Remember when the Kindle Fire came out? Unless you’ve been living “off-the-grid” for the last year, you probably do. The Kindle Fire was Amazon’s first thrust into the modern tablet market. When I say “modern,” I mean the iPad market. Not the Kindle, Nook or eReader market. The Kindle Fire was Amazon’s first thrust into the “multifunction” tablet market, where users expect to be able to do more than just read books.
At 7” and with a custom version of Android that lacked the full power of the existing Android ecosystem, the Kindle Fire seemed pretty much guaranteed to fail miserably. But, then we saw the price.
At the lowest price point of any high end tablet to date, the future of the Kindle Fire started to look a little brighter. Even after we got our hands on it, we loved it. It was intuitive and easy to use and despite the inability to leverage the existing Android ecosystem, no one can dispute the fact that the Kindle Fire was a success.
One word: content.
The Kindle Fire was backed by one of the largest content delivery and digital media retailers on Earth. It wasn’t designed to be profitable by itself. Amazon didn’t need to make a huge margin on it. It served as a physical portal to Amazon’s digital media offerings. What Amazon lost in the Kindle Fire, they will more than make up in digital media sales.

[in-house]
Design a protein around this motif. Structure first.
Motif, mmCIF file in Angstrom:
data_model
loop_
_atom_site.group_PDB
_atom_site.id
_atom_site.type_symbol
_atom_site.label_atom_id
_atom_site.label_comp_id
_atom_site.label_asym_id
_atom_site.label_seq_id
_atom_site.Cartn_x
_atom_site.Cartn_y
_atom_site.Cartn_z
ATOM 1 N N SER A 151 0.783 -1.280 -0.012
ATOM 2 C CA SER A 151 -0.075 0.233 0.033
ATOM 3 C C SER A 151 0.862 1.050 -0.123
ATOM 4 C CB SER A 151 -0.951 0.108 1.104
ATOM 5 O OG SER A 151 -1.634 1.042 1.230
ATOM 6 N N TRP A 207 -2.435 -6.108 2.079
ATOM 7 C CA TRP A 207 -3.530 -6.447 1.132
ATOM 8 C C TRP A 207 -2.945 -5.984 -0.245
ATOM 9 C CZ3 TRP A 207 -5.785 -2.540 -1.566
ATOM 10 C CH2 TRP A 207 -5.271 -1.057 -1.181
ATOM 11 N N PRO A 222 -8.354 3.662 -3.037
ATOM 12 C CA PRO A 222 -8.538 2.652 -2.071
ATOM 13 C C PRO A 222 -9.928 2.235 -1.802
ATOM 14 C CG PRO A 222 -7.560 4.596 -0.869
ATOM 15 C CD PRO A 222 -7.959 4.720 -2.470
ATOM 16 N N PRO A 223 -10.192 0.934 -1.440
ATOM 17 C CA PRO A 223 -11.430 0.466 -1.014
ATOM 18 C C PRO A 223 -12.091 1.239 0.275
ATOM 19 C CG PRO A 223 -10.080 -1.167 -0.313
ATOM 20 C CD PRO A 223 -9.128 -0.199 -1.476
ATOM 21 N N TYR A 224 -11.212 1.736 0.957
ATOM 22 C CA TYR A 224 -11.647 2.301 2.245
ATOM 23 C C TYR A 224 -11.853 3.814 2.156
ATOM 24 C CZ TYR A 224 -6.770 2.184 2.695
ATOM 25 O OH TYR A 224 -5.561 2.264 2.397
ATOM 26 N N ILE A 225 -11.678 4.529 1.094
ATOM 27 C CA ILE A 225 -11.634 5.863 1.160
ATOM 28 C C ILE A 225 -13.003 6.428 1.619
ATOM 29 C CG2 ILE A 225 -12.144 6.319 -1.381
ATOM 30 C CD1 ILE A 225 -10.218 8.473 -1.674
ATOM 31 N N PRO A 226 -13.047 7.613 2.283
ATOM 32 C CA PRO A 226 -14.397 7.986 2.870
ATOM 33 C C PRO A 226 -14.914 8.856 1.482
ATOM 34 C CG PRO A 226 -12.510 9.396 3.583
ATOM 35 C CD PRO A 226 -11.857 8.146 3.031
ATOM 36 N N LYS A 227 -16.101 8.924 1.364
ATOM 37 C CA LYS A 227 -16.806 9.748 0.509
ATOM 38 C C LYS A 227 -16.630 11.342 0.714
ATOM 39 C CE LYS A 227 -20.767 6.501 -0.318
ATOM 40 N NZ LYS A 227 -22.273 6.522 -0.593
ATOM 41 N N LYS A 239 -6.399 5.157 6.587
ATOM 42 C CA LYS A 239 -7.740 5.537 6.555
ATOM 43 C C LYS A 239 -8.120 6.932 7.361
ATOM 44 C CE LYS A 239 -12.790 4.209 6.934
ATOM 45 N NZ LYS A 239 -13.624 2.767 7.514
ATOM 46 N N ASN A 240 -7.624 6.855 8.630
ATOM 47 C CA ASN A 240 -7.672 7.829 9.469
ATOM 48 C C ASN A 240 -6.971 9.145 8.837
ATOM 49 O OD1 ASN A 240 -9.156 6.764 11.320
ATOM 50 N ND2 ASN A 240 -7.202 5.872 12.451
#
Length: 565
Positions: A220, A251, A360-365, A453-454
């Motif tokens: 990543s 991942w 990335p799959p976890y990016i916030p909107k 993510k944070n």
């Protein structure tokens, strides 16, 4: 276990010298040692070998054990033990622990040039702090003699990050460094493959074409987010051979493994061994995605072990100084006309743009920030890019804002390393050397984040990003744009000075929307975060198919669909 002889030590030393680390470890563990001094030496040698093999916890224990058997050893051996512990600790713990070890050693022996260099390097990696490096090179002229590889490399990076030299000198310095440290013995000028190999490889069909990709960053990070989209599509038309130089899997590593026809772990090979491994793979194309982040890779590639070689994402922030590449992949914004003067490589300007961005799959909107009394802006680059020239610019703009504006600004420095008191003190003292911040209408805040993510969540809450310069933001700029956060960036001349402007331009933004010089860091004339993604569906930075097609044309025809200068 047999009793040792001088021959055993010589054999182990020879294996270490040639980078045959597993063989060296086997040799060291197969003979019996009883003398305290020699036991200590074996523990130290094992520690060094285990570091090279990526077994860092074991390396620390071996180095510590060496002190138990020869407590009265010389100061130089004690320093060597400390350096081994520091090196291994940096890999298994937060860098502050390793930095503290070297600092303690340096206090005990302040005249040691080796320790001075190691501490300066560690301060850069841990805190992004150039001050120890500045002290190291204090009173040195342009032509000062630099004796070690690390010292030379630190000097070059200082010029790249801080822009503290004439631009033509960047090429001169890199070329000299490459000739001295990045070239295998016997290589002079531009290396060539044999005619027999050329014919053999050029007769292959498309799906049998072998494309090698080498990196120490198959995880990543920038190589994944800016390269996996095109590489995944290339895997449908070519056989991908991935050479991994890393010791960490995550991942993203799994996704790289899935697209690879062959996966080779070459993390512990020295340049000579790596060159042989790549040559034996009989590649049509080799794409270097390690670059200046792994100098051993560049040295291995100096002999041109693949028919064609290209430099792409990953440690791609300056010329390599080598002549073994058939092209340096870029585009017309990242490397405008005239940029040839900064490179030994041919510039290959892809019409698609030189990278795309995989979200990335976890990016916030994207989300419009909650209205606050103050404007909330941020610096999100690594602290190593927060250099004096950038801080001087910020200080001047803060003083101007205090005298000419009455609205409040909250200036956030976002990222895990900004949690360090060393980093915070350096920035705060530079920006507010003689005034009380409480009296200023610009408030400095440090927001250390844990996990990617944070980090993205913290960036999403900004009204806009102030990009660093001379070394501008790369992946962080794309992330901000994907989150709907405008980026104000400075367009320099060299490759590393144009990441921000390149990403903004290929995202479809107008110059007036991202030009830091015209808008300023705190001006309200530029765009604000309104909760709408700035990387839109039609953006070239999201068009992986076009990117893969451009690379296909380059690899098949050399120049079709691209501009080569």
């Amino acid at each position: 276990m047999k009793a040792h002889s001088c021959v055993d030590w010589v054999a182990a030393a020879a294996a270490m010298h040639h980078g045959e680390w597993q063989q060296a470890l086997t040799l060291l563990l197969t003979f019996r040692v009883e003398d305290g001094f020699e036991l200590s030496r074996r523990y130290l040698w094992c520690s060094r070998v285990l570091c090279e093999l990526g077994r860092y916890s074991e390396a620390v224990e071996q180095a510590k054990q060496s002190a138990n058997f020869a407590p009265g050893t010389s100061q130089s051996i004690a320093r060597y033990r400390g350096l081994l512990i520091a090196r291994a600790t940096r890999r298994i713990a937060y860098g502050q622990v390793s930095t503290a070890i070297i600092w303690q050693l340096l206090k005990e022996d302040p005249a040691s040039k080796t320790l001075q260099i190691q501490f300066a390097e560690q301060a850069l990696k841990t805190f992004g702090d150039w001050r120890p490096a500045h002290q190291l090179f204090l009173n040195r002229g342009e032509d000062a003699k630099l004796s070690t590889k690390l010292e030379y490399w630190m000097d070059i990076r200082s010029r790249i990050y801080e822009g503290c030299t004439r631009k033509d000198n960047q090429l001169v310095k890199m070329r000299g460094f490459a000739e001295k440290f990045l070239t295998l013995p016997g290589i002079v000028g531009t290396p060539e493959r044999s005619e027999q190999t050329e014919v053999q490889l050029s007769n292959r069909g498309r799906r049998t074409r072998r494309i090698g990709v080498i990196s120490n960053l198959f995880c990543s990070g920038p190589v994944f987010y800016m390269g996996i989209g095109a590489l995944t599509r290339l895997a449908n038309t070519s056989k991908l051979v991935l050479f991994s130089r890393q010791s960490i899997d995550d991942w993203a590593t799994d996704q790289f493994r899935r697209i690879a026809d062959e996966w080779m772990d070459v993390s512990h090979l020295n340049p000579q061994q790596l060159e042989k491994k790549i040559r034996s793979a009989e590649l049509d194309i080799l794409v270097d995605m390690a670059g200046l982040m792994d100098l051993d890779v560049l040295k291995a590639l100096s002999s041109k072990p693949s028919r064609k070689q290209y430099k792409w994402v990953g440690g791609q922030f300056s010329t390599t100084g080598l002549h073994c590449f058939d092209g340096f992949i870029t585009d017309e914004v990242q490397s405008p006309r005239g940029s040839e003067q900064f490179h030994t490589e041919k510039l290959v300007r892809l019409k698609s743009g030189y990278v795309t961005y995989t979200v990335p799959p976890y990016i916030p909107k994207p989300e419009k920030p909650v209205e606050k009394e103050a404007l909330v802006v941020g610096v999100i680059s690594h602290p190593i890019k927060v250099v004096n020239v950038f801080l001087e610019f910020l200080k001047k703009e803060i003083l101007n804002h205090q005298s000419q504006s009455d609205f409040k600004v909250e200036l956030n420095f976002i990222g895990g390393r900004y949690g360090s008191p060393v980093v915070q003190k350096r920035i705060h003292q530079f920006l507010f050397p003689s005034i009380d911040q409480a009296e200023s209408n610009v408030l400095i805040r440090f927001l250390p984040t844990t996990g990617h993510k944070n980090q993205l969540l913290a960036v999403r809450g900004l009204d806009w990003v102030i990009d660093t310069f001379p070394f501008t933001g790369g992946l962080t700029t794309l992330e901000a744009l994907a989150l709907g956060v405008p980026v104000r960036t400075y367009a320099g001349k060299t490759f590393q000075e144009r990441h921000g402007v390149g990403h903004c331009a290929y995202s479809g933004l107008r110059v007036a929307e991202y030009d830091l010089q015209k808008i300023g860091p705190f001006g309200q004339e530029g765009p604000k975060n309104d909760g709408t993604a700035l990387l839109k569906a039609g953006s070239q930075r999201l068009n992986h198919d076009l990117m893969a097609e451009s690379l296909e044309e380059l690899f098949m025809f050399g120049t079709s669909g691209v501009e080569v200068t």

And now, Google, the online giant behind Android, is doing the exact same thing. Google just started shipping orders for their new 7” Android tablet, the Nexus 7. Like the Kindle Fire, the Nexus 7 sits at a beautiful $199. But, unlike the Fire, the Nexus 7 runs a pure, untainted version of the newest version of Android (Jelly Bean) and has access to the entire Android ecosystem, which now includes Google Play, Google’s newly released iTunes competitor.
But even more interesting is how much it costs to actually build a Nexus 7. The manufacturing cost of the Nexus 7 is $167. That only leaves about a $30 margin for Google, and when Android development time, product support and other logistics are taken into account, that margin quickly dwindles.
So how are Google and Amazon able to sell these fully-capable devices at a near loss?
Again, one word: content.
Both the Kindle Fire and Nexus 7 are backed by massive digital media libraries, and are advertised as media consumption devices. They can be sold at lower price points the same way that cell phones can be subsidized: the money will be recouped later. These devices serve as mechanisms to connect people to content services (Amazon and Google Play), and that’s their endgame. Content delivery. Just like the iPod helped make iTunes the largest music retailer in the US, these devices will propel their respective ecosystems forward.
When Steve Jobs said that hardware no longer mattered, and that the future of computing revolved around ecosystems and connectivity between devices, many people thought he was wrong.
But, how can you argue with the only three widely successful tablets being backed by three of the largest digital media distributors?
What effect do you think content will have on the future of mobile computing? Share in the comments.